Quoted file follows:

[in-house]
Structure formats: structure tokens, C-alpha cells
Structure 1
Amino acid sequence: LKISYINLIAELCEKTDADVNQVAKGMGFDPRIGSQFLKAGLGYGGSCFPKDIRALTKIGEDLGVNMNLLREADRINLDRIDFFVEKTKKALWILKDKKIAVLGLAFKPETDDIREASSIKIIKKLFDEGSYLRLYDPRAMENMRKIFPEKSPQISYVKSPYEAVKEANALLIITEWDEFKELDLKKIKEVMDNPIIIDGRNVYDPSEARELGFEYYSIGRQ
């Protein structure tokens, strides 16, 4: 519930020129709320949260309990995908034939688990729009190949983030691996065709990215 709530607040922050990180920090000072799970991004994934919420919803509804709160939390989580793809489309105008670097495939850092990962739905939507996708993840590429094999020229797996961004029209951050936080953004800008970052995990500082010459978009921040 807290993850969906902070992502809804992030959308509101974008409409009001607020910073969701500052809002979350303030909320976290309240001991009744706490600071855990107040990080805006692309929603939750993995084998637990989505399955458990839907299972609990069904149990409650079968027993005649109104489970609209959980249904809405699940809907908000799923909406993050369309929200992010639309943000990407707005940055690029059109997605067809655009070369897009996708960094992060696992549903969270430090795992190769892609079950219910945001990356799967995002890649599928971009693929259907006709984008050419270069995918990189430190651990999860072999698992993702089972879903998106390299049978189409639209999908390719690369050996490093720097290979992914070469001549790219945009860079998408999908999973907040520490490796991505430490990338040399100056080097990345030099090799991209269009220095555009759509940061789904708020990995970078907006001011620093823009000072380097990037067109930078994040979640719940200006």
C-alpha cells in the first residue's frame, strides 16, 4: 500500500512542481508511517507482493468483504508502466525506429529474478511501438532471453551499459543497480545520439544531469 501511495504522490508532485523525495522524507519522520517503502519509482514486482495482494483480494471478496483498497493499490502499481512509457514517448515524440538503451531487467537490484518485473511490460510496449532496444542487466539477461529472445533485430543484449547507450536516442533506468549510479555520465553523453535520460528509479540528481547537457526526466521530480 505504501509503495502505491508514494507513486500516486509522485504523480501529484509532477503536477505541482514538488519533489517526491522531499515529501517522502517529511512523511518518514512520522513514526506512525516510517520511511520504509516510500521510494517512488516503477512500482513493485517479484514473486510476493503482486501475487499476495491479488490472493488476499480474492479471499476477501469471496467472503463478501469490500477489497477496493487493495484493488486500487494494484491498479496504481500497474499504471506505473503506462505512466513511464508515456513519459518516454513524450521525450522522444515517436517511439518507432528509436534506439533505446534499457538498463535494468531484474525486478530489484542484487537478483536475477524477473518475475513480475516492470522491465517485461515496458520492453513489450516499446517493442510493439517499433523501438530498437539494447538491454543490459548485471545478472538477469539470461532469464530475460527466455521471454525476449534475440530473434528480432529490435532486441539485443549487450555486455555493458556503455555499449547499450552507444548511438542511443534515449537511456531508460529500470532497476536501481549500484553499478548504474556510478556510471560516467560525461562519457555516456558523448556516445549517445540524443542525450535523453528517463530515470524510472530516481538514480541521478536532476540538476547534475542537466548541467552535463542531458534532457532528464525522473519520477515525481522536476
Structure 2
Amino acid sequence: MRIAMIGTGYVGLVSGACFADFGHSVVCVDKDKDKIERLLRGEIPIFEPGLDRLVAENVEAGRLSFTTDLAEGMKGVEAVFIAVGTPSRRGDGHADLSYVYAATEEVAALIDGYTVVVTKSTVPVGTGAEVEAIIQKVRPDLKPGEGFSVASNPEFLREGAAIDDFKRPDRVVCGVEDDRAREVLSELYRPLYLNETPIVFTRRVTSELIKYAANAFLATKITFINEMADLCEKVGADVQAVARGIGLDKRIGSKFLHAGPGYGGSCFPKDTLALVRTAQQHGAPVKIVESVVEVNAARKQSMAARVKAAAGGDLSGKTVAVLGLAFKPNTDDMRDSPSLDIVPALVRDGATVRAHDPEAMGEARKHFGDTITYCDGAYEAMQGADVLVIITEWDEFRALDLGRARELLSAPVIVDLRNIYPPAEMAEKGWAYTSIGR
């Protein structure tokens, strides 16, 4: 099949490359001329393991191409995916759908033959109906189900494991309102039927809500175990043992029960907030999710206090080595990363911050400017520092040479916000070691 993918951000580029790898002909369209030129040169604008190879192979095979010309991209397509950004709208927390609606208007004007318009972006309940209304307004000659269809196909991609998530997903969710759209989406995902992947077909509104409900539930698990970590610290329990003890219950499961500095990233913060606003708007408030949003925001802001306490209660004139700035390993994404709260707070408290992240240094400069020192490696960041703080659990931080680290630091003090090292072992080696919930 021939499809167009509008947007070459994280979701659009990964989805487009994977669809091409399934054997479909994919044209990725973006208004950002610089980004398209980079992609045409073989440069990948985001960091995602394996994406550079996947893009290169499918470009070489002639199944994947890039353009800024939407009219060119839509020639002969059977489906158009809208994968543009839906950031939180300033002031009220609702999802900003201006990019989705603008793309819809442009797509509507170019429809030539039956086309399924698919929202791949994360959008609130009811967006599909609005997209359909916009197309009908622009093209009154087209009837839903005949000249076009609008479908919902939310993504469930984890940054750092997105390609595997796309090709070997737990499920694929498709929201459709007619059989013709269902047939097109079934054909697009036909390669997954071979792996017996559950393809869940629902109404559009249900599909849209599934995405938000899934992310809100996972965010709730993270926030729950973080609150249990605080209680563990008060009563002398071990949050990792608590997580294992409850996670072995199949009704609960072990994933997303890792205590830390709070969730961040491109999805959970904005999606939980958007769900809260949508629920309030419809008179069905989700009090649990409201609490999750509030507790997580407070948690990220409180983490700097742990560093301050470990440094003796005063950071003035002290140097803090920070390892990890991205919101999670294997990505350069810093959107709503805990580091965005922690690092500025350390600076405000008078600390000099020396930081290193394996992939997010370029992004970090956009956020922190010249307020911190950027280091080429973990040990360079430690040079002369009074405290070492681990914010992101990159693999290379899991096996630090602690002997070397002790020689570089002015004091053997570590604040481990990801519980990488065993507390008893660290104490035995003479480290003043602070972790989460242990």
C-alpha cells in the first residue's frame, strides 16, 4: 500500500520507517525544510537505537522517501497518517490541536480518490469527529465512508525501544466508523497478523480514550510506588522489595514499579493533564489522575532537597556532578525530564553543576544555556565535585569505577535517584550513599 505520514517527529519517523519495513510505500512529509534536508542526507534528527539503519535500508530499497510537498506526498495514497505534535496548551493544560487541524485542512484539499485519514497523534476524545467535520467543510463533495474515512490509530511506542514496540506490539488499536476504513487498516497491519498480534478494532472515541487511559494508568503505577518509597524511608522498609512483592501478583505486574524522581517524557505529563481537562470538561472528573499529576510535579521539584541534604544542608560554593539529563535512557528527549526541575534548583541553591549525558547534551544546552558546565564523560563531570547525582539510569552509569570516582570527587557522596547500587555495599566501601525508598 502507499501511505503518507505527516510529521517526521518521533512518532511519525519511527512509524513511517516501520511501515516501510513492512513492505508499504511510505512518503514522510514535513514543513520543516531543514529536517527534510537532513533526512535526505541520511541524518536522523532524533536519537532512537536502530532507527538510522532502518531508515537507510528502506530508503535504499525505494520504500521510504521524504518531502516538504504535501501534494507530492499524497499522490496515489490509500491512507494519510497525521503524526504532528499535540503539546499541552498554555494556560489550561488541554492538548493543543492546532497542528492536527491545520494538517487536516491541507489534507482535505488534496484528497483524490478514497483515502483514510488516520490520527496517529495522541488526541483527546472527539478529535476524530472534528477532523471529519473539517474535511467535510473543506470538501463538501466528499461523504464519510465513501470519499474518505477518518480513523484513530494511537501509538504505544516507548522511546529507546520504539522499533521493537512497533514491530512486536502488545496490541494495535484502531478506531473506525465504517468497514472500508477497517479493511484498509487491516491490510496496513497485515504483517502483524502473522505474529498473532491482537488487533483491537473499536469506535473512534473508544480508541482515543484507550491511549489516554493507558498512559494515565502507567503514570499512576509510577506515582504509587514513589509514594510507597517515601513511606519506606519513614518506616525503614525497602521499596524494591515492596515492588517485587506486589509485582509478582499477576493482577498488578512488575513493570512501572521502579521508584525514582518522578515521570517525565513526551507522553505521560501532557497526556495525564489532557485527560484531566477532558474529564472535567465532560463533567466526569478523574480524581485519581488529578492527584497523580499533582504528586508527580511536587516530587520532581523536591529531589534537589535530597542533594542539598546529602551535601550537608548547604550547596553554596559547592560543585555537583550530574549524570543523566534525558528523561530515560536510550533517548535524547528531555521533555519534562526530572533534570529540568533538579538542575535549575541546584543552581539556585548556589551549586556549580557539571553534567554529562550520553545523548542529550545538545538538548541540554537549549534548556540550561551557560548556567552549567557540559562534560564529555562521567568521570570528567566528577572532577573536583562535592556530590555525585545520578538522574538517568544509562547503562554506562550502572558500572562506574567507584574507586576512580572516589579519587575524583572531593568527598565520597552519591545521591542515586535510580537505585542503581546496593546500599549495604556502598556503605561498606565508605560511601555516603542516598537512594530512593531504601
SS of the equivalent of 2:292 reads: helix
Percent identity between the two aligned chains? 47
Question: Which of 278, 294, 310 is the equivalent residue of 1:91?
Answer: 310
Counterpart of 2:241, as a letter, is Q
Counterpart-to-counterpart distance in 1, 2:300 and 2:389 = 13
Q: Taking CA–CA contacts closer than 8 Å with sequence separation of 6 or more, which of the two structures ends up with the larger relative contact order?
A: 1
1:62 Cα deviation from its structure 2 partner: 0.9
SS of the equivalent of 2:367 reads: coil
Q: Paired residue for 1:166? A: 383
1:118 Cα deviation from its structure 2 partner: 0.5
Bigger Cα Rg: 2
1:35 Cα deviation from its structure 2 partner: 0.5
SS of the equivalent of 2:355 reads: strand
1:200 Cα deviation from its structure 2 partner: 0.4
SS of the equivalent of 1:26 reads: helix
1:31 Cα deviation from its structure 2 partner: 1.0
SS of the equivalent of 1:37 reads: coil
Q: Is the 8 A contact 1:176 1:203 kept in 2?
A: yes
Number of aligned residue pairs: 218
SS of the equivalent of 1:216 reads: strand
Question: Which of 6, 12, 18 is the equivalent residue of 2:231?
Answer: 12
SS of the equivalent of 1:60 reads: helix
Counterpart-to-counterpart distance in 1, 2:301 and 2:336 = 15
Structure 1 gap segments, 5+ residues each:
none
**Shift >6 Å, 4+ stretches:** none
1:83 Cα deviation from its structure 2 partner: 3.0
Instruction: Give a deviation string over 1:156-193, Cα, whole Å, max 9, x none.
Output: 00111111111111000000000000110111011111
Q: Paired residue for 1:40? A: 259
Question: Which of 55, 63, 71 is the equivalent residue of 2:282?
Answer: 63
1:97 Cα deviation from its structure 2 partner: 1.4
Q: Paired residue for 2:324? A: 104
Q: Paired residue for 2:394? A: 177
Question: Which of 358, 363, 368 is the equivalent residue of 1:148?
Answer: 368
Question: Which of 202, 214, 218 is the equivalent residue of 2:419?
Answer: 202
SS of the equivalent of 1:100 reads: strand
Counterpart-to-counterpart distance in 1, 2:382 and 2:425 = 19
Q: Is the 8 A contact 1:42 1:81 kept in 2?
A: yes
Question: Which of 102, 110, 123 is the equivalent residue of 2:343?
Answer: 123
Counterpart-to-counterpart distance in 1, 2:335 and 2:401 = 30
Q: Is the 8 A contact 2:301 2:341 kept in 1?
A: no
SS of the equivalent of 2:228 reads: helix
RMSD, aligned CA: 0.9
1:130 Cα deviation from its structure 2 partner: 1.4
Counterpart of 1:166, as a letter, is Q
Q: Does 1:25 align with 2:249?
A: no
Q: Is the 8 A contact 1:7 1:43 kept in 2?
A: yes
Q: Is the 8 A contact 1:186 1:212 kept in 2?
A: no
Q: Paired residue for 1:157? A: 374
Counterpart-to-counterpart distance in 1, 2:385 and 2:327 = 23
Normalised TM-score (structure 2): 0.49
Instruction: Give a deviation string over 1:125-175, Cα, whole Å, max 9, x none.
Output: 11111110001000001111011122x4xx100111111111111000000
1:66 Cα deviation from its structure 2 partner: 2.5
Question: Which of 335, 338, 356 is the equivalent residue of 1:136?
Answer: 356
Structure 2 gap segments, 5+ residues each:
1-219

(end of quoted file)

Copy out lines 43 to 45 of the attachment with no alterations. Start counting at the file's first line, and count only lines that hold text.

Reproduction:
Output: 00111111111111000000000000110111011111
Q: Paired residue for 1:40? A: 259
Question: Which of 55, 63, 71 is the equivalent residue of 2:282?